An additional finding involved substantial differences in cortical thickness patterns for children in poverty versus those not in poverty related to higher TRH scores.
“We found a less mature or ‘strain’ pattern and thinner cortex overall in the subsample of children from impoverished backgrounds, which is a potential biomarker of lower readiness and early adversity often found in such children,” Hutton said. “By screening early during pediatric clinic visits, especially in practices serving disadvantaged families, we can hopefully target effective interventions that help children better prepare for kindergarten and improve reading outcomes — literally ‘shaping their brains to read.’ “
Funding: The study was funded by a Procter Scholar Award from the Cincinnati Children’s Research Foundation. Potential conflicts of interest: Dr. John Hutton conceived and wrote the children’s book featured in this study.
Dr. Hutton is the founder of blue manatee press, the publisher/distributor of The Reading House, though receives no salary or other compensation for this role.
The Reading House is not intended for sale in retail, library or other direct-to-consumer channels. Its intended use is as a screening tool, distributed at low-cost to clinical practices, preschools and organizations.
Royalties, if any, are determined via intellectual property policies at Cincinnati Children’s Research Foundation. The other authors have no financial relationships relevant to this article to disclose.
Validation of The Reading House and Association With Cortical Thickness
BACKGROUND AND OBJECTIVES: The American Academy of Pediatrics recommends literacy and school readiness promotion during well visits. The Reading House (TRH) is a children’s book–based screener of emergent literacy skills in preschool-aged children. Vocabulary, rhyming, and rapid naming are core emergent skills, and reading abilities are associated with thicker cortex in the left hemisphere. Our objective was to expand validity of TRH relative to these skills and explore association with cortical thickness.
METHODS: Healthy preschool-aged children completed MRI including a T1-weighted anatomic scan. Before MRI, TRH and assessments of rapid naming (Comprehensive Test of Phonological Processing, Second Edition), rhyming (Pre-Reading Inventory of Phonological Awareness), vocabulary (Expressive Vocabulary Test, Second Edition), and emergent literacy (Get Ready to Read!) were administered. Analyses included Spearman-ρ correlations (rρ)accounting for age, sex, and socioeconomic status (SES). MRI analyses involved whole-brain measures of cortical thickness relative to TRH scores, accounting for covariates.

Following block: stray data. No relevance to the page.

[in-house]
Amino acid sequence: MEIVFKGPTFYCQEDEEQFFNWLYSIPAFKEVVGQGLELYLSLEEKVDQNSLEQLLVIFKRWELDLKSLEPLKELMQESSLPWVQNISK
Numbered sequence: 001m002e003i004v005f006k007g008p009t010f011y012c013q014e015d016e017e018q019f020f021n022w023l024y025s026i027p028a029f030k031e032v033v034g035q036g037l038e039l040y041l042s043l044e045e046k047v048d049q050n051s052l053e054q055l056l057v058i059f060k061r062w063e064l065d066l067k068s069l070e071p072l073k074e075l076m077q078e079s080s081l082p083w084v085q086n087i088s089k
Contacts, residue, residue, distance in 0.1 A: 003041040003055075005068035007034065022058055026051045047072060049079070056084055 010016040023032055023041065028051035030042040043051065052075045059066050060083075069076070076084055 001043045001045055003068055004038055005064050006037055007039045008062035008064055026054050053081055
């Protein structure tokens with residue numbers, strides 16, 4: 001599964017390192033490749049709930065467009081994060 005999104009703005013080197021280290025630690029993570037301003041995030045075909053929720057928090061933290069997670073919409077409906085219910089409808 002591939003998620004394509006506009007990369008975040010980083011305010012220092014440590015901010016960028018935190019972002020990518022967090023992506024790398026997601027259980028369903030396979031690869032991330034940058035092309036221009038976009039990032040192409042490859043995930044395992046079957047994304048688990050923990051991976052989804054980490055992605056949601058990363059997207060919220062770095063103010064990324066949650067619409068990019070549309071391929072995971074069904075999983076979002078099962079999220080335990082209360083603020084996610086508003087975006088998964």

RESULTS: Seventy children completed assessments (36–63 months old; 36 female) and 52 completed MRI (37–63 months; 29 female). TRH scores were positively correlated with Comprehensive Test of Phonological Processing, Second Edition (rρ = 0.61), Expressive Vocabulary Test, Second Edition (rρ = 0.54), Get Ready to Read! (rρ = 0.87), and Pre-Reading Inventory of Phonological Awareness scores (rρ = 0.64; all P < .001). These correlations remained statistically significant across age, sex, and SES groups. TRH scores were correlated with greater thickness in left-sided language and visual cortex (P–family-wise error <.05), which were similar for higher SES yet more bilateral and frontal for low SES, reflecting a less mature pattern (P–family-wise error <.10).
CONCLUSIONS: These findings expand validation evidence for TRH as a screening tool for preschool-aged children, including associations with emergent skills and cortical thickness, and suggest important differences related to SES.